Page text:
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Thursday nights spent chowing down at Bottom Line Saloon and gettin’ your game on at Tom Tom’s—one too many pitchers after that rugby win—and you’re waking up to, “What happened last night and who’s Roxanna?” Oh, to be young again.

James L. Brooks is not the only one with a set in Adams Morgan: “Adams Morgan: The Movie,” an independent film written and directed by Paul DeVeaux and produced by Robert Epstein, dotes on the love affairs of 20-somethings portrayed against the backdrop of the neighborhood over a Halloween weekend—yes, there are drag queen races, one of DeVeaux’s fondest memories. “We were at a rooftop party some 15 or 20 years ago, and you see these guys in high heels sprinting down the street—one of the funniest things I’ve ever seen,” DeVeaux says.

The romantic comedy, reminiscent of DeVeaux’s weekend debauchery in Adams Morgan back in the day (the early ’90s), revolves around three couples. Richard and Shelby are settled, happily married, and tragically boring—the sex is lackluster. After nine months together, Tonya and Lance are at the make-it-or-break-it point—he’s too immature. And after hooking up—hey, you gotta test out the goods first—John and Audrey are out to see if their personalities mesh.

Of course, Adams Morgan, in all its glory, is a character too. Nowadays DeVeaux’s a family man, but in his 20s he spent countless weekends hanging out in bars and restaurants up and down the strip. “It’s a tiny little area but you’ve got El Salvadoran food, Indian food, drag queens—you can do that—it depends on what kind of mood you’re in,” he says.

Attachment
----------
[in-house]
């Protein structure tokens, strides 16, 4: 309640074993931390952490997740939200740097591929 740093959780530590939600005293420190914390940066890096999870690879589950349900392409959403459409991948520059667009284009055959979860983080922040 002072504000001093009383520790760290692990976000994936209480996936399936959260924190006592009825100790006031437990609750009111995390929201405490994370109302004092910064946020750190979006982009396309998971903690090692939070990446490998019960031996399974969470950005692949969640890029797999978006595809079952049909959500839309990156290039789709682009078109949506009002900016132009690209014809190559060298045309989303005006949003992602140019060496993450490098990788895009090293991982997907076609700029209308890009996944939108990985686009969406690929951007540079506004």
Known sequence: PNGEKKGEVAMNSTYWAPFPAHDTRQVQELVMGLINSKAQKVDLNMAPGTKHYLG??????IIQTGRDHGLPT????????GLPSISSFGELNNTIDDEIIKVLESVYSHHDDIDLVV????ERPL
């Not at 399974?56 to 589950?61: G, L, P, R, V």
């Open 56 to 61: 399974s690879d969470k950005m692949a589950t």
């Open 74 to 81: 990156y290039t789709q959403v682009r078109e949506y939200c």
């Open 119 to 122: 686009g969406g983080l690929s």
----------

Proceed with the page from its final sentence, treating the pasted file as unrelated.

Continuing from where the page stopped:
DeVeaux’s day job—he is an attorney—makes him a filmmaker by night (“Adams Morgan” is his first). After months of work, DeVeaux showed his script to film producer and Oscar winner Russell Williams, whom he met through Epstein. “He read my script and he pretty much cut it to shreds,” DeVeaux says. Which gave him the impetus to dive on with the project.

Bottom Line Saloon, one on-set location that was once an infamous hangout for rugby players in DeVeaux’s days, is now home to a bunch of kickball kids. In his ode, DeVeaux fills the set with rugby players, long gone out of style. “Bottom Line was where you always went after practice on Thursdays and after games on Saturdays. Nothing better after winning a rugby game like having a cold beer or 6 or 7,” DeVeaux says. Especially a rugby game where your current girlfriend, your ex, and the new girl you would prefer to date all show up. Now there’s a situation.

“Adams Morgan” premiered in front of a small audience at Bottom Line in January and will be shown at the 2010 DC Shorts Film Festival in September. It’s currently being submitted to various independent film festivals. A red carpet premiere is expected in D.C. in the spring.

Image by Hatton Slayden